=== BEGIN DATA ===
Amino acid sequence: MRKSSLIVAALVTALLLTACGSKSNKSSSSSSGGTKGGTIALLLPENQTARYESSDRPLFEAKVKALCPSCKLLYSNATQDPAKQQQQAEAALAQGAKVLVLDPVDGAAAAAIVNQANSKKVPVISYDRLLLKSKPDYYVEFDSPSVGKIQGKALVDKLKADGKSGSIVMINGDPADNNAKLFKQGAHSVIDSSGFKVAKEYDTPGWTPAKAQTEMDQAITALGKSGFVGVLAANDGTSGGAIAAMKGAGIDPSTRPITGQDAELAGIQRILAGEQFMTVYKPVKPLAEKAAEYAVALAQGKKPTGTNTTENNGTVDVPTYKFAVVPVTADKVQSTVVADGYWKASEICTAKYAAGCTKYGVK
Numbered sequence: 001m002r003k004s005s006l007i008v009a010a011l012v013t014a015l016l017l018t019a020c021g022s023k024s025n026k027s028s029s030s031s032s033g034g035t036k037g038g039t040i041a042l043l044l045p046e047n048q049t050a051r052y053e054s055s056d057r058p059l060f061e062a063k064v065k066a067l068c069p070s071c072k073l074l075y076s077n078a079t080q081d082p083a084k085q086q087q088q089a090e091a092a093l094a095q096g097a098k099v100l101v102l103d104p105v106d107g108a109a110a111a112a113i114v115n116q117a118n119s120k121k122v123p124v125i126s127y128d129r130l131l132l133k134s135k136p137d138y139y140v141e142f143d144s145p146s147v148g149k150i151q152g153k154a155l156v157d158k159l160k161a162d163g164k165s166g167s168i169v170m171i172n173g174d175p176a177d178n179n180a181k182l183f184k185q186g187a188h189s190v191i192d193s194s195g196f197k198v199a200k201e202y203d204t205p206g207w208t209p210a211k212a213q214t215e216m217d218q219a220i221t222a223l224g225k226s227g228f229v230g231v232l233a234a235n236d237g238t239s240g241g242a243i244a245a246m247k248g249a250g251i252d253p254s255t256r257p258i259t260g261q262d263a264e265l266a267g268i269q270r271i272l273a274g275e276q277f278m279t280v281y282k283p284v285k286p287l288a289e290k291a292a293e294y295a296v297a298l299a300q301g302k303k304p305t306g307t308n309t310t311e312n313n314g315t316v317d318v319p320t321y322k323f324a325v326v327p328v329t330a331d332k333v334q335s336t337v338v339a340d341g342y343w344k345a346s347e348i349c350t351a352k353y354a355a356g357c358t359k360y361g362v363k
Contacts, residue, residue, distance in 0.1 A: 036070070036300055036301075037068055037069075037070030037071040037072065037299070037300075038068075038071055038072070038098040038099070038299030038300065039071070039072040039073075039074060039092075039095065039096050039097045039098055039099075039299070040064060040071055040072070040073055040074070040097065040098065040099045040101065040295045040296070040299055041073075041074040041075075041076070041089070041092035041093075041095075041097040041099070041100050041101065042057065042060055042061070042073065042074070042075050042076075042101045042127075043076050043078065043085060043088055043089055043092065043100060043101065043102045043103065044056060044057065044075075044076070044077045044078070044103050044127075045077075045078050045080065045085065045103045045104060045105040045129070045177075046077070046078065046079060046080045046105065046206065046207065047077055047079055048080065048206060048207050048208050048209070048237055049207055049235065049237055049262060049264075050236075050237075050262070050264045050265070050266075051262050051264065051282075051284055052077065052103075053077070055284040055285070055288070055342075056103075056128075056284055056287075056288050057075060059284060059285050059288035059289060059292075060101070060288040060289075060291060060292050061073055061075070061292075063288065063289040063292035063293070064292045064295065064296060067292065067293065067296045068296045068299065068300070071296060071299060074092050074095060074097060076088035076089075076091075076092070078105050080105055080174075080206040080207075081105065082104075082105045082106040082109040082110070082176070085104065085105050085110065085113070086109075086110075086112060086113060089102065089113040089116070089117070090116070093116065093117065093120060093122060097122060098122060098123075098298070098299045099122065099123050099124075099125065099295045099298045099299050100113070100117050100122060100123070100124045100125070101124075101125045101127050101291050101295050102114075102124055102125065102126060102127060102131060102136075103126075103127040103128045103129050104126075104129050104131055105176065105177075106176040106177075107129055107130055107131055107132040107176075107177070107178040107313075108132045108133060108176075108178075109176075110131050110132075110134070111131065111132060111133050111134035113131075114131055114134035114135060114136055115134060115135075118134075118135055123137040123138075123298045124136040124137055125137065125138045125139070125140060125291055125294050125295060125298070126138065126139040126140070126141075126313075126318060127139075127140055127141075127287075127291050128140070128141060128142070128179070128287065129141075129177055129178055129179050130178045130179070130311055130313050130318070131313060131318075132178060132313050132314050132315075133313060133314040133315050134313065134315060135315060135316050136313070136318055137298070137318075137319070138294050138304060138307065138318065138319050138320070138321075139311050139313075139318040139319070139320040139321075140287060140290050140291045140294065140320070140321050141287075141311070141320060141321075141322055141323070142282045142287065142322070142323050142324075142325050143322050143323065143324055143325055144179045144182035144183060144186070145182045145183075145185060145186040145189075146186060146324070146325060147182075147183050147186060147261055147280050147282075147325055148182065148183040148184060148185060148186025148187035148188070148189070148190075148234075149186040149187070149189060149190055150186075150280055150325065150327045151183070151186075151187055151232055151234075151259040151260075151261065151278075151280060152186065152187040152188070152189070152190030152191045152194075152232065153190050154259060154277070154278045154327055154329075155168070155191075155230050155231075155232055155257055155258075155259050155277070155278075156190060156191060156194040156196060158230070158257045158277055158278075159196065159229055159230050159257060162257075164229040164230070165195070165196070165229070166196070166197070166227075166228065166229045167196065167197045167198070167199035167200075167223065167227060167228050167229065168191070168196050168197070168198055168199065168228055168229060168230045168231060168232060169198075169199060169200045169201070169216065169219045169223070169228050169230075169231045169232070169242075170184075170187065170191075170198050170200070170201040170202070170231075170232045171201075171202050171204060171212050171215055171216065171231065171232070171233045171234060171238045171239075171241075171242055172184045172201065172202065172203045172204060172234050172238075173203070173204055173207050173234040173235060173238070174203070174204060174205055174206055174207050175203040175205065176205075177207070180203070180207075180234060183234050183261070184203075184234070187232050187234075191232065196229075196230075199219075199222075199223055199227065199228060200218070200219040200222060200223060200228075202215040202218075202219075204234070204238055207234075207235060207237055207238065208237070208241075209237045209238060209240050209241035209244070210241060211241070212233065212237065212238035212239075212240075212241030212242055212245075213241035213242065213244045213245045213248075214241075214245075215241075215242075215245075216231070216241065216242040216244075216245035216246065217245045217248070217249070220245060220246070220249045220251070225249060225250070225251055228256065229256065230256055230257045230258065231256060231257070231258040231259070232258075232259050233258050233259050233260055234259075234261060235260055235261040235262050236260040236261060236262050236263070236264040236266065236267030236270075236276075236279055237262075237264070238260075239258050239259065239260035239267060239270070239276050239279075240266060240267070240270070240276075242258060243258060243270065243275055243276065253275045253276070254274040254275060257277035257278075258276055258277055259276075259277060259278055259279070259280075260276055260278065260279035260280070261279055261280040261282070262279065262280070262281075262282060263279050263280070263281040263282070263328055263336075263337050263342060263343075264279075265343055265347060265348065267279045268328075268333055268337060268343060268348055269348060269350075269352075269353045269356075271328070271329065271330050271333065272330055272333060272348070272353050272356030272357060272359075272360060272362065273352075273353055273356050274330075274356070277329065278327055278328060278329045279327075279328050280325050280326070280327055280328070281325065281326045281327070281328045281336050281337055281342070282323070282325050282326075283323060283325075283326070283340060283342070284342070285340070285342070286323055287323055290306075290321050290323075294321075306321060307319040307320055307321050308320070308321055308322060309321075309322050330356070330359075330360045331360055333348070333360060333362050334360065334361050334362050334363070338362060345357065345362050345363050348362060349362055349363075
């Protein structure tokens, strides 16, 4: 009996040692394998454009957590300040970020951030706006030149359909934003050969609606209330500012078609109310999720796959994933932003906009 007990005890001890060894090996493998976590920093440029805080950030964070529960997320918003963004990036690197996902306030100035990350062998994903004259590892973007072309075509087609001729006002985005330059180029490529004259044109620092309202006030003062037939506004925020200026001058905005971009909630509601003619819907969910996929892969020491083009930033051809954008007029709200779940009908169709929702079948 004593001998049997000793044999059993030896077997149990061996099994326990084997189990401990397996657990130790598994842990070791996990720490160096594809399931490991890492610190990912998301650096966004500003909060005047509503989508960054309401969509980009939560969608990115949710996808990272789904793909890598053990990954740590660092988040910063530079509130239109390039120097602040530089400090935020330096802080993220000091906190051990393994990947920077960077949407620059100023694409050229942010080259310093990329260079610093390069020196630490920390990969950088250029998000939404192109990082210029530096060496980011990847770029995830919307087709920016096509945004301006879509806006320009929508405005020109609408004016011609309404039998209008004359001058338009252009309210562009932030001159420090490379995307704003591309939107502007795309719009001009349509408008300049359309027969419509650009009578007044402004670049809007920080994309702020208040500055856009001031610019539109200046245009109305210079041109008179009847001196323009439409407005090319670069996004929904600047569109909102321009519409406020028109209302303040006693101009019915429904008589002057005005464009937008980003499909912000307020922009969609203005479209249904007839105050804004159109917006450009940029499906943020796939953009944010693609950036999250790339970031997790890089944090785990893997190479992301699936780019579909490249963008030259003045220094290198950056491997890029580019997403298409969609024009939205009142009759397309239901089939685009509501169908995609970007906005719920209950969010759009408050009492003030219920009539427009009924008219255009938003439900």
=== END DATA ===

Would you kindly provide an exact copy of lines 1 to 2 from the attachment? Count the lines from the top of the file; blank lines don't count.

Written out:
Amino acid sequence: MRKSSLIVAALVTALLLTACGSKSNKSSSSSSGGTKGGTIALLLPENQTARYESSDRPLFEAKVKALCPSCKLLYSNATQDPAKQQQQAEAALAQGAKVLVLDPVDGAAAAAIVNQANSKKVPVISYDRLLLKSKPDYYVEFDSPSVGKIQGKALVDKLKADGKSGSIVMINGDPADNNAKLFKQGAHSVIDSSGFKVAKEYDTPGWTPAKAQTEMDQAITALGKSGFVGVLAANDGTSGGAIAAMKGAGIDPSTRPITGQDAELAGIQRILAGEQFMTVYKPVKPLAEKAAEYAVALAQGKKPTGTNTTENNGTVDVPTYKFAVVPVTADKVQSTVVADGYWKASEICTAKYAAGCTKYGVK
Numbered sequence: 001m002r003k004s005s006l007i008v009a010a011l012v013t014a015l016l017l018t019a020c021g022s023k024s025n026k027s028s029s030s031s032s033g034g035t036k037g038g039t040i041a042l043l044l045p046e047n048q049t050a051r052y053e054s055s056d057r058p059l060f061e062a063k064v065k066a067l068c069p070s071c072k073l074l075y076s077n078a079t080q081d082p083a084k085q086q087q088q089a090e091a092a093l094a095q096g097a098k099v100l101v102l103d104p105v106d107g108a109a110a111a112a113i114v115n116q117a118n119s120k121k122v123p124v125i126s127y128d129r130l131l132l133k134s135k136p137d138y139y140v141e142f143d144s145p146s147v148g149k150i151q152g153k154a155l156v157d158k159l160k161a162d163g164k165s166g167s168i169v170m171i172n173g174d175p176a177d178n179n180a181k182l183f184k185q186g187a188h189s190v191i192d193s194s195g196f197k198v199a200k201e202y203d204t205p206g207w208t209p210a211k212a213q214t215e216m217d218q219a220i221t222a223l224g225k226s227g228f229v230g231v232l233a234a235n236d237g238t239s240g241g242a243i244a245a246m247k248g249a250g251i252d253p254s255t256r257p258i259t260g261q262d263a264e265l266a267g268i269q270r271i272l273a274g275e276q277f278m279t280v281y282k283p284v285k286p287l288a289e290k291a292a293e294y295a296v297a298l299a300q301g302k303k304p305t306g307t308n309t310t311e312n313n314g315t316v317d318v319p320t321y322k323f324a325v326v327p328v329t330a331d332k333v334q335s336t337v338v339a340d341g342y343w344k345a346s347e348i349c350t351a352k353y354a355a356g357c358t359k360y361g362v363k